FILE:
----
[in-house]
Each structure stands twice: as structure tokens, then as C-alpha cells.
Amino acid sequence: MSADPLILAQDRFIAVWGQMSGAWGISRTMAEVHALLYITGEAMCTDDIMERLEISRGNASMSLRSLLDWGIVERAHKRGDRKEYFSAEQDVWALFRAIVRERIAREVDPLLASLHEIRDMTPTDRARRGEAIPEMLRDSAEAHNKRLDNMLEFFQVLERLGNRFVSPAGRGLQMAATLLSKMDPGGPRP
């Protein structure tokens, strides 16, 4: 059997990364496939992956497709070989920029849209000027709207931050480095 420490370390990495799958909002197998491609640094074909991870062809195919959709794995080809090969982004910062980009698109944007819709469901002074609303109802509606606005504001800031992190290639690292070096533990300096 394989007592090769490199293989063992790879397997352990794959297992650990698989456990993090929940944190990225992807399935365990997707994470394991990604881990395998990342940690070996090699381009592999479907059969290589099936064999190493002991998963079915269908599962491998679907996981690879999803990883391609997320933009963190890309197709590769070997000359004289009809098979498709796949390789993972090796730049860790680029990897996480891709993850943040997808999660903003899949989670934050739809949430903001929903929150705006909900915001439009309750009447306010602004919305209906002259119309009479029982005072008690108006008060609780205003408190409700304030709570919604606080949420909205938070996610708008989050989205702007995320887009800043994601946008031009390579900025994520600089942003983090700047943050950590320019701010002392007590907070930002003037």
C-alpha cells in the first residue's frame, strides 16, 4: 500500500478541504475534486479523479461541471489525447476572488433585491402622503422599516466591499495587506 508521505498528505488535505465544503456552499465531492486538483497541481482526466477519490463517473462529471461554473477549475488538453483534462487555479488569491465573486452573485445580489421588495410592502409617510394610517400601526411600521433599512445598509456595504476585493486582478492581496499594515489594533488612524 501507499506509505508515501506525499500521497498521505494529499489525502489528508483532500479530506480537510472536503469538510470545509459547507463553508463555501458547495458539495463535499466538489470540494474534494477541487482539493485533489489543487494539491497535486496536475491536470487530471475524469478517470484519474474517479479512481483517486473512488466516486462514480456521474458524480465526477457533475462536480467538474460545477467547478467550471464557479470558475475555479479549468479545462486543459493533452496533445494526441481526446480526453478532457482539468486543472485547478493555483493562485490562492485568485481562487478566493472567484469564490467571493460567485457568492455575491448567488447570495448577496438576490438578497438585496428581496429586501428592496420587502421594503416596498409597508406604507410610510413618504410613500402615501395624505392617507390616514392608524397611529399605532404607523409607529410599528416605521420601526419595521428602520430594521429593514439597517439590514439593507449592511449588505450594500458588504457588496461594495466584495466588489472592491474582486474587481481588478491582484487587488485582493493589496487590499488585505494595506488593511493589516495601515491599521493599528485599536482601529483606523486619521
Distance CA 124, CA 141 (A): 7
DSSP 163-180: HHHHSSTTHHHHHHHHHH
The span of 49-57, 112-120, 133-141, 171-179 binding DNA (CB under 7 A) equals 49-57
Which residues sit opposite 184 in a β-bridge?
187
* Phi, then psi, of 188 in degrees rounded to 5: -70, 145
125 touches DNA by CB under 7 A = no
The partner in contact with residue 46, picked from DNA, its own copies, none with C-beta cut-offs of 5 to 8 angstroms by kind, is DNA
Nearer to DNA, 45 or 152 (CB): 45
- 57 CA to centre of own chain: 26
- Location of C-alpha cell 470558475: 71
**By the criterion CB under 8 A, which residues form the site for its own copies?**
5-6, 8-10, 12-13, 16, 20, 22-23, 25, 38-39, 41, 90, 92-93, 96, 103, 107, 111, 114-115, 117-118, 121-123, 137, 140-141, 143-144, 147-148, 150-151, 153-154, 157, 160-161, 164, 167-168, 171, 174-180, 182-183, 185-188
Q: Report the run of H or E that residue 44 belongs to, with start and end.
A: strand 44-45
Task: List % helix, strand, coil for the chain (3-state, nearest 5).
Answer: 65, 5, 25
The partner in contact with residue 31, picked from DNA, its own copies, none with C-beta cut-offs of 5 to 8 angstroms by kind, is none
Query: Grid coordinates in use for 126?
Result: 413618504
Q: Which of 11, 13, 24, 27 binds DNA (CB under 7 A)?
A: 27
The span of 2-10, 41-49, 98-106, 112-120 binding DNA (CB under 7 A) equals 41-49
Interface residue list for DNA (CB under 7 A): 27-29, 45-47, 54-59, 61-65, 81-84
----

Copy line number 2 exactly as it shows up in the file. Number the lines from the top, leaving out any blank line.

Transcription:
Each structure stands twice: as structure tokens, then as C-alpha cells.